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Old 11-04-2015, 08:35 AM
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nannyde nannyde is offline
All powerful, all knowing daycare whisperer
 
Join Date: Mar 2010
Location: Des Moines
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Quote:
Originally Posted by Betanya View Post
Over the years, I've heard all the Dr. Spock-ish rationalizations and "it takes a village to raise a child" idioms about how you (as a parent of a non-biter) should address issues with habitual BITERS that have decided your child is their personal chew toy whenever they get upset, frustrated, or want a toy your child is playing with.

Understand this ... it's NOT my responsibility to protect or understand the biter. It's my responsibility as a parent to protect my child's welfare until they can protect themselves. I don't care if the biter is frustrated, can't verbally communicate anger, doesn't feel loved or that its getting enough attention, or wants toy that someone else is playing with ... he or she is NOT my child.

I would love to stay at home with my children and keep them out of the day care industry. Unfortunately, the reality is that I'm not independently wealthy and have to work. Over the years I've encountered biting incidents to my children (sometimes multiple bites by the same biter within days) ... since none of my children have ever bitten anyone either in day care or at home ... I have had no problem ever telling the day care provider to remove the biter from the room period and they can attempt all the intervention techniques they like ... as long as it's somewhere else not around my children.

Once, a Director told me she couldn't possibly penalize the biter because of the social trauma it would cause the biter and that we needed to be more tolerant of the needs of such children and that my children also needed to be tolerant of others even if they are biters.

My response was to the point and without compassion (since it was the 3rd incident of the week, and two bites broke the skin) ... either remove the biter from the classroom or I would definitely penalize the day care with law suit and a lot of bad biting media publicity (the day care was located in a state that at the time had a low opinion of day care centers to begin with). My child had been with the day care for 3 years without incidents, the biter had been there only 3 weeks and had bitten or hit or kicked a child almost every other day.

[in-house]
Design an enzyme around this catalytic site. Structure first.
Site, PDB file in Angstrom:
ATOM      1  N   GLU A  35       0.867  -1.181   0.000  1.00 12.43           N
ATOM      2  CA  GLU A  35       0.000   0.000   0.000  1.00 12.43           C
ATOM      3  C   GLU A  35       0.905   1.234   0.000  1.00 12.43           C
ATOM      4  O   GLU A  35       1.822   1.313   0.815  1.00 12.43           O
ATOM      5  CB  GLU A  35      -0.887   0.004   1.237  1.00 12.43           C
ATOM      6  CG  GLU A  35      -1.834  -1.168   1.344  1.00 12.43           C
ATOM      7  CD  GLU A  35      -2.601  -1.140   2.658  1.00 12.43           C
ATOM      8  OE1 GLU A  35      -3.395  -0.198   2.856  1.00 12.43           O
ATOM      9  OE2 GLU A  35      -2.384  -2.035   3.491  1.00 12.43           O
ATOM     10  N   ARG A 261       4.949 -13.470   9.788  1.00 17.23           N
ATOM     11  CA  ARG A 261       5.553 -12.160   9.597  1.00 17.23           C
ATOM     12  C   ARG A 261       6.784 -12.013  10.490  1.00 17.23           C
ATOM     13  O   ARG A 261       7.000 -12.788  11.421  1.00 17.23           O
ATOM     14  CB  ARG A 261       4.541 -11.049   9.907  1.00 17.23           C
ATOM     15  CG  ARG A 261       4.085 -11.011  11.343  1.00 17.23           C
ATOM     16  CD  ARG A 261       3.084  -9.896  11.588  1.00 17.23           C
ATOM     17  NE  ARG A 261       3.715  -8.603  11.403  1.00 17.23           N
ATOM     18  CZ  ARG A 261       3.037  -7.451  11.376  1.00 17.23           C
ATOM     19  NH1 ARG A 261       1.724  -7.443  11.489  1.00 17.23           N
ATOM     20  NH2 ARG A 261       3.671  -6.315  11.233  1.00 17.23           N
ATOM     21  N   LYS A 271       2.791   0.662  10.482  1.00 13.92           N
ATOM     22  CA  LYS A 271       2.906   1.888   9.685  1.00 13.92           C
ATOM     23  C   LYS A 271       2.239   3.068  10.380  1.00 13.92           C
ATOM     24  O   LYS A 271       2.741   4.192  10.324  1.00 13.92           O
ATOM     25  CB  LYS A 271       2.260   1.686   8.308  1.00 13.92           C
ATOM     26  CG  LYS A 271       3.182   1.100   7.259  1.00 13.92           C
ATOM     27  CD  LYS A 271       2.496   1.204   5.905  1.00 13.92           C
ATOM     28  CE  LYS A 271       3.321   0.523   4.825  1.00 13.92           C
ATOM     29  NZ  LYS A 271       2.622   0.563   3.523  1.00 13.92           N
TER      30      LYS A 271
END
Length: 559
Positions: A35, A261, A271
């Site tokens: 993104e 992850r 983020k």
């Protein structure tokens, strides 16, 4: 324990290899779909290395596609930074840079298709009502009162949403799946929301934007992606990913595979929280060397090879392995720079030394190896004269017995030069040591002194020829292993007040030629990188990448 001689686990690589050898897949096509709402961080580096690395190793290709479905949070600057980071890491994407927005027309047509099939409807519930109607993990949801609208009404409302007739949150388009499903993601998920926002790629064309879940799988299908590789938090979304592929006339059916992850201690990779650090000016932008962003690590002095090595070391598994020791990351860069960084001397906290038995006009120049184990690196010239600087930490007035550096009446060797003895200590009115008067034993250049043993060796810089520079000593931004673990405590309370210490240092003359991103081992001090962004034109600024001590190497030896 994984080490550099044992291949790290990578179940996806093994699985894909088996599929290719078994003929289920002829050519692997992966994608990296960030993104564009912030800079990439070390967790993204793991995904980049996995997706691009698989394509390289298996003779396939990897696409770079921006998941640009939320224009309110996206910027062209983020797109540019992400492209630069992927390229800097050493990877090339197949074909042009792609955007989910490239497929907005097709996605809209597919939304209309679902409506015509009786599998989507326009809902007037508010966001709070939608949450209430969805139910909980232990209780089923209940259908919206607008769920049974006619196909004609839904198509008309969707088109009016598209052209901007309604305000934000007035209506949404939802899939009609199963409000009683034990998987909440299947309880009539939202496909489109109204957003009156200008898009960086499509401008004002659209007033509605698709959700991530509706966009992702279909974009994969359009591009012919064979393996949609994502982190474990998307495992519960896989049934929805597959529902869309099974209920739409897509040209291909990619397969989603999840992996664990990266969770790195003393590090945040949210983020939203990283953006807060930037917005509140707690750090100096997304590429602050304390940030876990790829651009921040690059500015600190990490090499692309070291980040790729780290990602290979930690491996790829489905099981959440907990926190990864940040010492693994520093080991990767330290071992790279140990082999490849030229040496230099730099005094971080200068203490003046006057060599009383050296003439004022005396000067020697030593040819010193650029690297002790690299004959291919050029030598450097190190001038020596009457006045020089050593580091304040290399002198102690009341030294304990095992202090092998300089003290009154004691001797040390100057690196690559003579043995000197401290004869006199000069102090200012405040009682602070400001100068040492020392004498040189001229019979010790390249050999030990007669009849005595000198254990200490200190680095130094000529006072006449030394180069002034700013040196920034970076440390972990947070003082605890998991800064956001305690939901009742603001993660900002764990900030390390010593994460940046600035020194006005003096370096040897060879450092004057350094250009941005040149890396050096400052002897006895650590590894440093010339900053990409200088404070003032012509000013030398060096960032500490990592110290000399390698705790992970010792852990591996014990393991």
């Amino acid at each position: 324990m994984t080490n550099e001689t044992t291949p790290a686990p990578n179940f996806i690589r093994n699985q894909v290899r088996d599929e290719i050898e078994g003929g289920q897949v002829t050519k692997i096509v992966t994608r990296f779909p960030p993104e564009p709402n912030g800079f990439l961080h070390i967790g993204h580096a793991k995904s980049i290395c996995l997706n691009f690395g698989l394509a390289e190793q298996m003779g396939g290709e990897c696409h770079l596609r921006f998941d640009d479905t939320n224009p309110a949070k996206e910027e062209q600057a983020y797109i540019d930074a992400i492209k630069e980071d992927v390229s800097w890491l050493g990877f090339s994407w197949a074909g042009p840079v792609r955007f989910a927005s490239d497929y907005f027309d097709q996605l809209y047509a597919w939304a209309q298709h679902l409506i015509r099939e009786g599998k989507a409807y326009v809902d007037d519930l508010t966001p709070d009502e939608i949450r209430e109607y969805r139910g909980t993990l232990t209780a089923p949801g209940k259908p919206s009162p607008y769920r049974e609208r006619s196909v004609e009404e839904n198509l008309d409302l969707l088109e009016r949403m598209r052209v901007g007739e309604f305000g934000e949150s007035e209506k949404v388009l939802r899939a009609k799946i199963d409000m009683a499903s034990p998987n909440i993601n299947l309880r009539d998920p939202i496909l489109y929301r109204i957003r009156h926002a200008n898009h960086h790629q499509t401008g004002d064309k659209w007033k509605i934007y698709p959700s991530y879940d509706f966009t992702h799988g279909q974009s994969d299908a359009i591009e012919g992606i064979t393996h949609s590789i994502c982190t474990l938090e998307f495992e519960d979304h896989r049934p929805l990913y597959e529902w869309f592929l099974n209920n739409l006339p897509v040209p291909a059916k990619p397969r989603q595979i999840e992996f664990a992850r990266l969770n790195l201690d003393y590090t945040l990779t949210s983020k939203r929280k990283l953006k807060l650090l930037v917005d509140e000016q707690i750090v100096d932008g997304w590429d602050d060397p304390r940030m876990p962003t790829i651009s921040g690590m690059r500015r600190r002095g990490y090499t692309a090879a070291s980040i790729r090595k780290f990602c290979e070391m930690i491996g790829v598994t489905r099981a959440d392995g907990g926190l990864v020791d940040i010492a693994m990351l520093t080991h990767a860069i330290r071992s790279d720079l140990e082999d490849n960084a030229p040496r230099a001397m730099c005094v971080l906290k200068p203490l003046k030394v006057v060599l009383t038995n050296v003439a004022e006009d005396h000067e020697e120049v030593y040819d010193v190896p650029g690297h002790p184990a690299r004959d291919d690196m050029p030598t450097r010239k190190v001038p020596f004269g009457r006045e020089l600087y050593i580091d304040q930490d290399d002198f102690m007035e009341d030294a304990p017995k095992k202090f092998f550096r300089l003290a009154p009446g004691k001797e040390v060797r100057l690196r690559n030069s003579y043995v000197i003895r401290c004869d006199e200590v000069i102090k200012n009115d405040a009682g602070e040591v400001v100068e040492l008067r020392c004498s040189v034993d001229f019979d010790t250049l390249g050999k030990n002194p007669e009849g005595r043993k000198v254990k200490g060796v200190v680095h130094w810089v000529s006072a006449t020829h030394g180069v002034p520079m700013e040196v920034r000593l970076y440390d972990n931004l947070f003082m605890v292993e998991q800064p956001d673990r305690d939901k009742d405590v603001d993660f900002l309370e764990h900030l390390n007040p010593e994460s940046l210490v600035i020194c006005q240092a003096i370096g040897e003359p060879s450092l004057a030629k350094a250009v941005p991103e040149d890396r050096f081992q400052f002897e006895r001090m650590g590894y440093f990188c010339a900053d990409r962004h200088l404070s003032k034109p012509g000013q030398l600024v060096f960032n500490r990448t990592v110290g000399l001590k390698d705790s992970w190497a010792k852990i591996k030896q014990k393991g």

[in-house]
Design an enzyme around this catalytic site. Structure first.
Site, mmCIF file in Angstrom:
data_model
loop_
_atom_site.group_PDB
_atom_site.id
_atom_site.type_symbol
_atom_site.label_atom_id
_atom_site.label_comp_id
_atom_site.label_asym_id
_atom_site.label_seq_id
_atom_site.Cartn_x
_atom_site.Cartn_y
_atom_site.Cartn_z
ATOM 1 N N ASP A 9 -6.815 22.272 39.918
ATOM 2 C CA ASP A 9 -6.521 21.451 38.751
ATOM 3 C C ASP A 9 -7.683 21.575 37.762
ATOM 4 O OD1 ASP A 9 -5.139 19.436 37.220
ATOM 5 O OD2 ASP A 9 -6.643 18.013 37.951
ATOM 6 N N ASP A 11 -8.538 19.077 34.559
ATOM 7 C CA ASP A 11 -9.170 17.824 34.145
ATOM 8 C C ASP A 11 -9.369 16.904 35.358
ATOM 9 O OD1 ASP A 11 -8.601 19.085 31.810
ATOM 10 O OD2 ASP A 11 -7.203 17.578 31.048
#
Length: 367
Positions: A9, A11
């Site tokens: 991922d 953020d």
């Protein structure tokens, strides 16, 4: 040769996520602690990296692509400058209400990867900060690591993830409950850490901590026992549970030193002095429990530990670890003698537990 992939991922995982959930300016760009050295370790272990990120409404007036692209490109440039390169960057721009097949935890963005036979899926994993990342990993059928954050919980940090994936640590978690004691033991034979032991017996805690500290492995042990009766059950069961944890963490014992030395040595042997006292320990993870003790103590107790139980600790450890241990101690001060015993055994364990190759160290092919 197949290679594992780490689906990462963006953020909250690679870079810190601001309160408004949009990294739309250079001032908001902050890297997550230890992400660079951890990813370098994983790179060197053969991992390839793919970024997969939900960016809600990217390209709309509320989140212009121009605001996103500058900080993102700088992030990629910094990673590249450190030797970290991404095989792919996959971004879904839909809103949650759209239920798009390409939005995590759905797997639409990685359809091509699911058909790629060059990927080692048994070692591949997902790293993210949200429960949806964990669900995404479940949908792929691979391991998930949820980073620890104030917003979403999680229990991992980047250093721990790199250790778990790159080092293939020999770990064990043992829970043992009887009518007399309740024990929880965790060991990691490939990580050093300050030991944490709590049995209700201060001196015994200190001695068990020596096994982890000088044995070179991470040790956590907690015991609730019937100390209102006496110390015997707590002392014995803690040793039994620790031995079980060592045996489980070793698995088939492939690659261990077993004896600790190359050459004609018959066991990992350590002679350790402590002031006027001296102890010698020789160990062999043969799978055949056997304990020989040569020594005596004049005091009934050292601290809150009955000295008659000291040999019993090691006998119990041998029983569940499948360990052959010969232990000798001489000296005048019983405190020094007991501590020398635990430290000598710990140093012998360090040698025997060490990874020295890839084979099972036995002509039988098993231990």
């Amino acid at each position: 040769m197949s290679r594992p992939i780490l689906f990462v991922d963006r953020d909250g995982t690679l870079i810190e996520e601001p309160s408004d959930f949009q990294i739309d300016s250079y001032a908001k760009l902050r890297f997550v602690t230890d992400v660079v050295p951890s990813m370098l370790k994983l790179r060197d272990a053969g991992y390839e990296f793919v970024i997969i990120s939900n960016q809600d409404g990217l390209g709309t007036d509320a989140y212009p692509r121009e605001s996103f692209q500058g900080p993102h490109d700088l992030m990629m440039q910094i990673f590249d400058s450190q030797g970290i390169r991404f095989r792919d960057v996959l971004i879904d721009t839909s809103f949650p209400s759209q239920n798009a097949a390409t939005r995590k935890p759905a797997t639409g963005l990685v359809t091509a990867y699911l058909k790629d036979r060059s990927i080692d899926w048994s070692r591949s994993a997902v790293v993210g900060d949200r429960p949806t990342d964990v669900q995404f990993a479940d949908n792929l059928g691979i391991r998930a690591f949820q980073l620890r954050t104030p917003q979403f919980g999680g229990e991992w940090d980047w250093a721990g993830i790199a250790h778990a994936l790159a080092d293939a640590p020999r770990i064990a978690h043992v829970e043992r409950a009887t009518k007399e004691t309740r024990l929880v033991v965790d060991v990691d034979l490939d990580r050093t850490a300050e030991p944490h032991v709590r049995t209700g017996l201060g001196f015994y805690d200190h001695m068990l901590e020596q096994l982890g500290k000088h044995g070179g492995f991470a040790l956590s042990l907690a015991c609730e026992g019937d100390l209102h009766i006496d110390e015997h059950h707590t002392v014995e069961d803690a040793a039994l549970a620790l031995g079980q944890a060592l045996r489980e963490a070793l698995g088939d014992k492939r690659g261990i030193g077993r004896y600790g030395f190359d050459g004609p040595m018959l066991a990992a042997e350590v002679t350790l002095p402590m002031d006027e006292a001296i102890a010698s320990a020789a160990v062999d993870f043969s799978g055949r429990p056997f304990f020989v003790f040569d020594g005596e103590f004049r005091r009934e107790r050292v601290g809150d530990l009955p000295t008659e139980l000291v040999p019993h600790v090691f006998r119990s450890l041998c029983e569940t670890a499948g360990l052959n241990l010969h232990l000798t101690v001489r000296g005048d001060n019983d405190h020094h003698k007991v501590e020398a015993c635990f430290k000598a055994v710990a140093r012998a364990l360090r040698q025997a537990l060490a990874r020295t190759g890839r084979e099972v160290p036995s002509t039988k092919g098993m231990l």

The biter was in another room the next morning with a shadow staffer. Which lasted about 2 days when the biter bit the staff member on the leg hard enough for the staffer to require stitches and a hepatitis shot.

To the parents of biters, I don't blame you. But when your child inflicts intentional, unprovoked pain on my children repeatedly ... I will do everything possible to make sure your child never does that again. I shouldn't have to "switch" to another day care just because your child can't keep their teeth to themselves.
^^^^

This is why I have a zero tolerance policy for biting.

Parents FLIP when their kid gets bit. They threaten to sue and turn you in. They want the biter gone. They want the biter to have it's own adult... whatever it takes to have their kid not get bit.

They don't give a flip about developmentally appropriate. They don't want to hear it.

The only parents who care about the biter learning not to bite is the biters parents. Nobody else cares.

I had one bite when I first started doing daycare. The biters mom was so upset because she was so concerned about whether or not the kid her kid bit had any communicable diseases! I got schooled.

When I was a school nurse, I would have rather called and told a parent their kid broke their leg than call to say their kid got bit. The bite calls were way more work because the parents were so upset.

It doesn't matter if the parents of the bitee is right or wrong. It doesn't matter that biting is or isn't normal. It doesn't matter what measures you put in place short of exclusion and.one to one care.

What matters is that I don't want dhs called. I don't want inspected over it. I don't want the complaint on my record for life. I don't want to pay to give the biter his own adult for group rates.

I can't afford the learning curve the biter needs. Bottom line.

You bite... you are out.
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